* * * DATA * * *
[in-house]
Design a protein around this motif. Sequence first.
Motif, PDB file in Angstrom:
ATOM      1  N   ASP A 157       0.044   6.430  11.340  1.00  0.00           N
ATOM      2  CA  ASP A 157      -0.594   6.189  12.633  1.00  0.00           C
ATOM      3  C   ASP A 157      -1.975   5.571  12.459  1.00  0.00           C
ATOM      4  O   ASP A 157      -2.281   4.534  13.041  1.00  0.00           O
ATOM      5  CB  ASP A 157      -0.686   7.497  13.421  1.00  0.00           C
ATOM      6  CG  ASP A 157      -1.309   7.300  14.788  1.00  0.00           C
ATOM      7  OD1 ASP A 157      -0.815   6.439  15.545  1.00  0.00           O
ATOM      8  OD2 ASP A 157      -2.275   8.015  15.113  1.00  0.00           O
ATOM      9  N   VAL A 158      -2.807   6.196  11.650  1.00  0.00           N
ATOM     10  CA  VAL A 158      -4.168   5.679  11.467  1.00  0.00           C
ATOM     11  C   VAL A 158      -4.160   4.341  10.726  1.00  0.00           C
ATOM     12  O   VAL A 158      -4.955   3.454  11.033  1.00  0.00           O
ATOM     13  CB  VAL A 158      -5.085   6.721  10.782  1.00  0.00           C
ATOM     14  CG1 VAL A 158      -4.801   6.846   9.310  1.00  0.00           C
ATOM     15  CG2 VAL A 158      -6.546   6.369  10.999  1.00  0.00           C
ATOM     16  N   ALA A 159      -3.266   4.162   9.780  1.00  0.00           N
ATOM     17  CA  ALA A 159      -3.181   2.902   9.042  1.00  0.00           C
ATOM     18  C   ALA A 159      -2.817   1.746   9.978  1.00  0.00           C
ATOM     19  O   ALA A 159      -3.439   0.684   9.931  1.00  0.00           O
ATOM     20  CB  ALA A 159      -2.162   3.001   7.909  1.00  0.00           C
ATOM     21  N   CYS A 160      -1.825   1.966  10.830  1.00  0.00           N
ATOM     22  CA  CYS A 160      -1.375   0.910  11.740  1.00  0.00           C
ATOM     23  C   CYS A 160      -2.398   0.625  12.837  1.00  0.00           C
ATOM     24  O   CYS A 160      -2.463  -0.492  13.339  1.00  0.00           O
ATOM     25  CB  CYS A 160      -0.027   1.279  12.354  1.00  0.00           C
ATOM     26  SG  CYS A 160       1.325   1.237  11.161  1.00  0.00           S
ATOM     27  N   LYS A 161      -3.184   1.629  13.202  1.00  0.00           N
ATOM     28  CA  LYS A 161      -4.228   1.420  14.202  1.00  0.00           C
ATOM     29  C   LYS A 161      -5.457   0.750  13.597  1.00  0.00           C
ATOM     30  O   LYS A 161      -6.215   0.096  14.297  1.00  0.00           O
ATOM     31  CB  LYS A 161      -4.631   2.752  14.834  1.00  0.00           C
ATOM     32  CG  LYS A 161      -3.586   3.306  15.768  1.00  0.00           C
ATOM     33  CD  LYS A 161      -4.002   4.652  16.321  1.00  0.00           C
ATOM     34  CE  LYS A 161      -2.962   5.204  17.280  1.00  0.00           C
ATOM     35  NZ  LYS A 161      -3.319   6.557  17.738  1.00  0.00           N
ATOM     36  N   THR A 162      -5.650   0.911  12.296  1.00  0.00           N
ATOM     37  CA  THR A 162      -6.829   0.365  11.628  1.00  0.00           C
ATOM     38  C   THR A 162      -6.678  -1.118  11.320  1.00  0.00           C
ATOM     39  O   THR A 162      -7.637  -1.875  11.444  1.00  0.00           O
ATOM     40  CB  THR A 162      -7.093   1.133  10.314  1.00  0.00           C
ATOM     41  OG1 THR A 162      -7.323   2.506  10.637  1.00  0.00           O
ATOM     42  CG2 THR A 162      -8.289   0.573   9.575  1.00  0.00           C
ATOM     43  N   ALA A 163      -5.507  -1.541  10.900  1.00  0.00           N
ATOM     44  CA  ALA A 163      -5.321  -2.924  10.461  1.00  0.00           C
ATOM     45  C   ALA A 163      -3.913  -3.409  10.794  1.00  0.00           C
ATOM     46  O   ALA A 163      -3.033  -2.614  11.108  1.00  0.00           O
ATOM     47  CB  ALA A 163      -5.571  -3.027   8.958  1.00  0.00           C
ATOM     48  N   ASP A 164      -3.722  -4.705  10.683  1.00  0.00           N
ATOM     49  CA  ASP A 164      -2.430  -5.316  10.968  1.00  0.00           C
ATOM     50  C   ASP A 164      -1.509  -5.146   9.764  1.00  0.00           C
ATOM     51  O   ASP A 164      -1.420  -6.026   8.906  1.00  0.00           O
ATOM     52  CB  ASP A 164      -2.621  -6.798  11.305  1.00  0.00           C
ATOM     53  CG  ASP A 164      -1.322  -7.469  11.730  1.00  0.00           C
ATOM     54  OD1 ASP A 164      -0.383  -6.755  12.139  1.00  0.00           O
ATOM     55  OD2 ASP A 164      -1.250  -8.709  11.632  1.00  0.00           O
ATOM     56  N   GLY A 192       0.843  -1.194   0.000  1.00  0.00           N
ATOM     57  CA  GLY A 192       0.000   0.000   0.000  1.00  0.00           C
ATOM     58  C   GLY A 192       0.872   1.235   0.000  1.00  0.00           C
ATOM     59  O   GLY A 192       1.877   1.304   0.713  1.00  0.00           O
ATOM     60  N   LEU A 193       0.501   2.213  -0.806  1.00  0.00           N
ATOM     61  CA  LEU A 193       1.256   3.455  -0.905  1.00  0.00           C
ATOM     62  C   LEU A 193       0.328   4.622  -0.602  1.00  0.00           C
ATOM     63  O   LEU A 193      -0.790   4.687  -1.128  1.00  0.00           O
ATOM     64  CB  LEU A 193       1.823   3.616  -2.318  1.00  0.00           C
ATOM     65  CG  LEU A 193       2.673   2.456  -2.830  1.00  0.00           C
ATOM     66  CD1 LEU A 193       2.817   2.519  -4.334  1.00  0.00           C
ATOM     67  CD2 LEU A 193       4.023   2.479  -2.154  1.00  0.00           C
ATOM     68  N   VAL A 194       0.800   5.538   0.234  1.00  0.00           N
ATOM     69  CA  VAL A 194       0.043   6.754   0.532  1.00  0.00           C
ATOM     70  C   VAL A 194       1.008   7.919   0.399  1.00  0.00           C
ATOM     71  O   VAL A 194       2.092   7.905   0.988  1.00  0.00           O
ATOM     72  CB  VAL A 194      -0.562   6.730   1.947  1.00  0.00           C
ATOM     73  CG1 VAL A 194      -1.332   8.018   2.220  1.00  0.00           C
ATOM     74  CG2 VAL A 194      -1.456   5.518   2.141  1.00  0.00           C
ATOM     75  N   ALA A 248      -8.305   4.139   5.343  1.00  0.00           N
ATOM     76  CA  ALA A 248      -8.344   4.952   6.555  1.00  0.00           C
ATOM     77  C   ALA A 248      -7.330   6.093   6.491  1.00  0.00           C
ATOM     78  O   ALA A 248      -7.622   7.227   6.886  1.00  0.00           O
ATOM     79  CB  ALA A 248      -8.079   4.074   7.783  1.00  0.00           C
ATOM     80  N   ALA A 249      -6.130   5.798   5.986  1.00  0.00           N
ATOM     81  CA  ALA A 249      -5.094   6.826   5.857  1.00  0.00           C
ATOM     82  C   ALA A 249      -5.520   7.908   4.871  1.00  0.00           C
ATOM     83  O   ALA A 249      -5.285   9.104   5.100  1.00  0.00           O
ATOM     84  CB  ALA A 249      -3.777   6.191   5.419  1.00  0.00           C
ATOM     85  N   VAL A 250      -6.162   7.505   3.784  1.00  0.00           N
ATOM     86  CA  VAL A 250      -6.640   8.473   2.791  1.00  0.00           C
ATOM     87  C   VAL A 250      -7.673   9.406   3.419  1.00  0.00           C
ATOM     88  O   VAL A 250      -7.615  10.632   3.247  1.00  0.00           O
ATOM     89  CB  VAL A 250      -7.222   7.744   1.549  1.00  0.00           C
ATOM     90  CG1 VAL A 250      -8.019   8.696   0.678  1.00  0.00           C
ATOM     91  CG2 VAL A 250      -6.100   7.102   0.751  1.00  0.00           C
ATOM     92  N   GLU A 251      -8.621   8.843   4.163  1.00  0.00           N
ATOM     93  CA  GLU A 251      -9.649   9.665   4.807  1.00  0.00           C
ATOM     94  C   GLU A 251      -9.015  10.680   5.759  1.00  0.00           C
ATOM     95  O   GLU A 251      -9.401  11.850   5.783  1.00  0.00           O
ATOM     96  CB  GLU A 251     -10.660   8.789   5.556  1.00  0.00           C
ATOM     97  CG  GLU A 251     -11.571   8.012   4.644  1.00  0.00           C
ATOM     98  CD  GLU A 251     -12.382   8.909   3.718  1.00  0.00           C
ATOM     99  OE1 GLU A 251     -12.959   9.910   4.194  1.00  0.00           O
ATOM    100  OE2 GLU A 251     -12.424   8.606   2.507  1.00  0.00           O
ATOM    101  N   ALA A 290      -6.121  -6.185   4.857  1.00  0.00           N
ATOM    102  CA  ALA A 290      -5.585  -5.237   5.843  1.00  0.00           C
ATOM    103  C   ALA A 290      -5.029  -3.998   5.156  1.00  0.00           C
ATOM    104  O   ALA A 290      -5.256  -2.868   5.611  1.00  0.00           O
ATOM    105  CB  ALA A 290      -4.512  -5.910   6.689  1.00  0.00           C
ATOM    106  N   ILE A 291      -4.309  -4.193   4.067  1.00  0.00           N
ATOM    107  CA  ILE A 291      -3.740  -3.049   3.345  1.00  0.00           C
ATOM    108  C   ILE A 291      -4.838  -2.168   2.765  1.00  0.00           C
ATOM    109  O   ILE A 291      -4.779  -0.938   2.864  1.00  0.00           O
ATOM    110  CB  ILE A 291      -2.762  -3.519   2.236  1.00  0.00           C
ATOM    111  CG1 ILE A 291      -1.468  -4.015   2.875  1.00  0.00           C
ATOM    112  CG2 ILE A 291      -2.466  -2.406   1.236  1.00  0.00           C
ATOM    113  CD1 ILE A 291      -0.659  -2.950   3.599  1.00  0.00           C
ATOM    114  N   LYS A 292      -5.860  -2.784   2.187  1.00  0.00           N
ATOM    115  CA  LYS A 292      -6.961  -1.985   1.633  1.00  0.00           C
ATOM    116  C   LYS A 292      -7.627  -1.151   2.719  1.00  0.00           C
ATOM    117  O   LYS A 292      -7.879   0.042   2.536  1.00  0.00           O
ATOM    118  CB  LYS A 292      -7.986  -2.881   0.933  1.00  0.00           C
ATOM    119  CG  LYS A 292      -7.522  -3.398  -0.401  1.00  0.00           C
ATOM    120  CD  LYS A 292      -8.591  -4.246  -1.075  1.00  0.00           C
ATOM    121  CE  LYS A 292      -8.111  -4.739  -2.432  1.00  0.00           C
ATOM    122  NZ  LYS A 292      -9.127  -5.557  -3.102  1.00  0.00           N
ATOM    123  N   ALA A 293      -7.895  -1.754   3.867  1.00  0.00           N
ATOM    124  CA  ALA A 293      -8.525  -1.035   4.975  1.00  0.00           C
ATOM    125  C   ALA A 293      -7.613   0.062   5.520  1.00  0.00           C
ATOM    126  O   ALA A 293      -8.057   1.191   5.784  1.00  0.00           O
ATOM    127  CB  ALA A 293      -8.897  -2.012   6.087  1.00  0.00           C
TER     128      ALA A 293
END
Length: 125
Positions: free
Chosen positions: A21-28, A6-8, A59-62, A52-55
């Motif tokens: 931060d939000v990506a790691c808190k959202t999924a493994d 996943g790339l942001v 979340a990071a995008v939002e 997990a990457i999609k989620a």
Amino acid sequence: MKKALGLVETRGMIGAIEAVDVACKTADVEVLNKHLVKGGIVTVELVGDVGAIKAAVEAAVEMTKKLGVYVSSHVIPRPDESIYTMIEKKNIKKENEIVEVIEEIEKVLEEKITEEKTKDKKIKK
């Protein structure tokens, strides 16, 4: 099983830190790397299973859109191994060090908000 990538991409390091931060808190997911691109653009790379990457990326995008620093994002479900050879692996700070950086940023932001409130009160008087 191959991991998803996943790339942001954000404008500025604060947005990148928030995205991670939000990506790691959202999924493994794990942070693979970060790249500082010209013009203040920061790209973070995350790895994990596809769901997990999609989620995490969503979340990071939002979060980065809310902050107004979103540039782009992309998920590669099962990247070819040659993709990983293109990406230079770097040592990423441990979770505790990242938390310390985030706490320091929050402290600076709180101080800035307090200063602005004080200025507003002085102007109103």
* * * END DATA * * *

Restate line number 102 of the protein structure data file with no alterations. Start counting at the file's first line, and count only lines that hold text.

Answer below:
ATOM     99  OE1 GLU A 251     -12.959   9.910   4.194  1.00  0.00           O